Don’t Let Him Make Snap Decisions

Dealing with a dog who displays aggression or resistance during nail clipping can be a challenging situation. While draping a bath towel over your dog’s head is a technique that some owners find helpful, it’s important to approach it with caution and consider other factors as well.

The towel method is based on the concept of providing a sense of security and reducing visual stimuli for the dog, which can help calm them down during the nail clipping process. By covering their head, you are limiting their field of vision and potentially reducing their anxiety. However, it’s crucial to note that this technique may not work for every dog, and it should only be used if you feel comfortable and confident in applying it.

If you decide to try the towel method, here are a few steps to follow:

  1. Prepare the towel: Choose a bath towel that is large enough to cover your dog’s head comfortably. Make sure it’s clean and free of any strong odors or substances that could cause discomfort or irritate your dog’s senses.
  2. Introduce the towel: Approach your dog calmly and gently. Hold the towel open and allow your dog to sniff and investigate it. This will help them associate the towel with positive experiences and minimize any potential fear or resistance.
  3. Cover the head: Once your dog is comfortable with the presence of the towel, gently drape it over their head, leaving their nose uncovered so they can breathe comfortably. Be cautious not to wrap it too tightly or cause any distress.
  4. Proceed with caution: While the towel may help in reducing your dog’s reactivity, it’s important to still be cautious when handling their paws and nails. Move slowly and deliberately, keeping a firm grip on their paw while being mindful of their body language and any signs of discomfort or agitation.
  5. Seek professional help if necessary: If your dog continues to display aggression or discomfort during nail clipping, it’s recommended to seek assistance from a professional dog trainer, behaviorist, or a veterinarian. They can provide guidance tailored to your specific dog’s needs and help address any underlying issues that may be contributing to the behavior.

Remember, the safety and well-being of both you and your dog are paramount. Always prioritize positive reinforcement, patience, and creating a stress-free environment when handling any grooming procedures.

Stop Quick From Bleeding

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Accidents can occur during the nail trimming process, and cutting the quick is one such mishap that can cause bleeding in your dog’s nail. If you find yourself in this situation, it’s important to act swiftly and effectively to address the bleeding and ensure your dog’s comfort. One highly recommended product to have in your pet supply kit for such emergencies is a styptic product like Kwik Stop, which is easily obtainable at pet supply stores.

Styptic powders or gels, such as Kwik Stop, are specifically formulated to aid in clotting and stop bleeding quickly. These products contain ingredients that help constrict blood vessels and promote the formation of a blood clot at the site of the cut. They are designed to be applied topically to the bleeding area, helping to stem the flow of blood and prevent further discomfort.

In the event that you accidentally cut the quick while trimming your dog’s claws and bleeding occurs, it’s crucial to remain calm and composed. Your dog may pick up on your emotions, so maintaining a soothing and reassuring demeanor will help alleviate their anxiety during this potentially distressing situation.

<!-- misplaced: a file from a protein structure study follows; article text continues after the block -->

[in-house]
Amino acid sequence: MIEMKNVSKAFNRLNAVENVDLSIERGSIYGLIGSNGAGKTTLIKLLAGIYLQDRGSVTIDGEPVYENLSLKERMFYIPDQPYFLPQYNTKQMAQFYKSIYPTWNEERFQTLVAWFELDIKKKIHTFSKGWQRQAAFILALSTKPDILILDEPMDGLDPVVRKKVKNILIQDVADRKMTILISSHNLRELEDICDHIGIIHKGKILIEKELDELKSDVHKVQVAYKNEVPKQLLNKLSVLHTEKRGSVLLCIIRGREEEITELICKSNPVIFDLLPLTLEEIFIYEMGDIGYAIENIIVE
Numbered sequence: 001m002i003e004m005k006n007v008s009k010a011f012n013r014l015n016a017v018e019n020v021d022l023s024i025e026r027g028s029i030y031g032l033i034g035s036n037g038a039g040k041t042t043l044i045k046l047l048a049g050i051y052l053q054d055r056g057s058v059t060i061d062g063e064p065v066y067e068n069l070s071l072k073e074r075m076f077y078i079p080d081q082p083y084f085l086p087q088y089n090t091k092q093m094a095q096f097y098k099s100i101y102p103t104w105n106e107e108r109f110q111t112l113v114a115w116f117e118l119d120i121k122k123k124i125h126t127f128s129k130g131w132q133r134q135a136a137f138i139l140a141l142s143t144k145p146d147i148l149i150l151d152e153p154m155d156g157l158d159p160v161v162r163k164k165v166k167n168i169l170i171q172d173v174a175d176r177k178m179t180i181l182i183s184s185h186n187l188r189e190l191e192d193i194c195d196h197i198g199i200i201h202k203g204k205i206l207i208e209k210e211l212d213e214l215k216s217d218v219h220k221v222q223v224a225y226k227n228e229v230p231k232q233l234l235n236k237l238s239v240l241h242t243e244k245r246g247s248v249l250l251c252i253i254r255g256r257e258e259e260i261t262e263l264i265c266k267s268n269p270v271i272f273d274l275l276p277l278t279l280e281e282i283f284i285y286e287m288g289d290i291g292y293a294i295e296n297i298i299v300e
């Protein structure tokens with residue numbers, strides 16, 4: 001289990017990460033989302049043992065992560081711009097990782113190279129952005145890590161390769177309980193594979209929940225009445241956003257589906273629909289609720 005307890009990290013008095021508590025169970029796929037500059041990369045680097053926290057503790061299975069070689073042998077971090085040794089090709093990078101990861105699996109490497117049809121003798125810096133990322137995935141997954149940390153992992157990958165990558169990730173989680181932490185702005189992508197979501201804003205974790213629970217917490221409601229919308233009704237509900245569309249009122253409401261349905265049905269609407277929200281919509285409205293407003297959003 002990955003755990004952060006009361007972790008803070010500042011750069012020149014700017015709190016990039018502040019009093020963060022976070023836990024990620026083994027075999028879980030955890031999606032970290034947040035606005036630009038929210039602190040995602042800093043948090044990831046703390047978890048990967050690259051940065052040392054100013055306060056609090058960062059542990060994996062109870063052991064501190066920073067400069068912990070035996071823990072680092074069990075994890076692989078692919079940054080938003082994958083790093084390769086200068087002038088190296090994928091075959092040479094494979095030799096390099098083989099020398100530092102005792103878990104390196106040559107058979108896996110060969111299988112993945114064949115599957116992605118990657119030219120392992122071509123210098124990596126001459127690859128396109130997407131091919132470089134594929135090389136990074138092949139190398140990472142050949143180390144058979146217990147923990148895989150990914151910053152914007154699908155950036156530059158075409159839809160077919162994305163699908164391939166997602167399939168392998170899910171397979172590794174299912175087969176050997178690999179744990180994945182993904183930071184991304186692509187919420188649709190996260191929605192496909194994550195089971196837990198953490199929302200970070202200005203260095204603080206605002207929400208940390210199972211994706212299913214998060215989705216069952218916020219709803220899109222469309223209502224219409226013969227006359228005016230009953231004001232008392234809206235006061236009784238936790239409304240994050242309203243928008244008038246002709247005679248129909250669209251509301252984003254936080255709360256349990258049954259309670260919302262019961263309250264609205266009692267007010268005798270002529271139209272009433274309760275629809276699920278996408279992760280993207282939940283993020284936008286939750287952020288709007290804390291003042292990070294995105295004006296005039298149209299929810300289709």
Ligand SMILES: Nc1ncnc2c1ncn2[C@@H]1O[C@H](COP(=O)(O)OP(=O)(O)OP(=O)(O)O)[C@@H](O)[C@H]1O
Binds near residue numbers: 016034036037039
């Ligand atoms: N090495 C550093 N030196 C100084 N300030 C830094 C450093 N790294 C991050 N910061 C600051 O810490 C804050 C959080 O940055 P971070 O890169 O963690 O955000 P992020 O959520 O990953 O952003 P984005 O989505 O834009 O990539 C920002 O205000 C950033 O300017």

Once you have gathered your composure, carefully apply the styptic powder or gel to the bleeding area of the nail. Take care to cover the cut and ensure that the product comes into contact with the bleeding quick. The styptic powder or gel will work to constrict blood vessels and facilitate the formation of a clot, thereby stopping the bleeding.

While applying the styptic product, it’s important to exert gentle pressure to encourage clotting. Be cautious not to apply excessive pressure, as it can cause discomfort to your dog. Maintain the pressure for a few seconds, allowing the styptic product to take effect. Keep a close eye on the nail to ensure that the bleeding has ceased.

After the bleeding has subsided, it’s crucial to prevent further irritation to the injured nail. Limit your dog’s physical activity for a short period and discourage scratching or engaging in activities that may aggravate the injury. Providing a calm and comfortable environment, along with gentle reassurance, can aid in your dog’s recovery and overall well-being.

Remember, if the bleeding persists or if you have any concerns, it’s always advisable to seek veterinary assistance. A veterinarian can provide further guidance, assess the situation, and offer appropriate care if necessary. By having a styptic product like Kwik Stop readily available, you can be better prepared to address any accidental nail quick cuts and provide prompt first-aid treatment for your beloved canine companion.

Dealing With a Dewclaw

gif;base64,R0lGODlhAQABAAAAACH5BAEKAAEALAAAAAABAAEAAAICTAEAOw== - Clipping Dog Nails and Keeping the Quick From Bleeding Sometimes dogs are born with an extra claw, called a dewclaw, along the side of the foot. If left alone, a dewclaw can get caught on things and tear out, bleeding profusely and causing a dog foot injury. Some breeders remove dewclaws when their puppies are only a few days old because the procedure is simple and can be done without anesthesia. (You can even have it done at the same time as spaying or neutering.) If your older dog still has a dewclaw, have it removed surgically by the vet.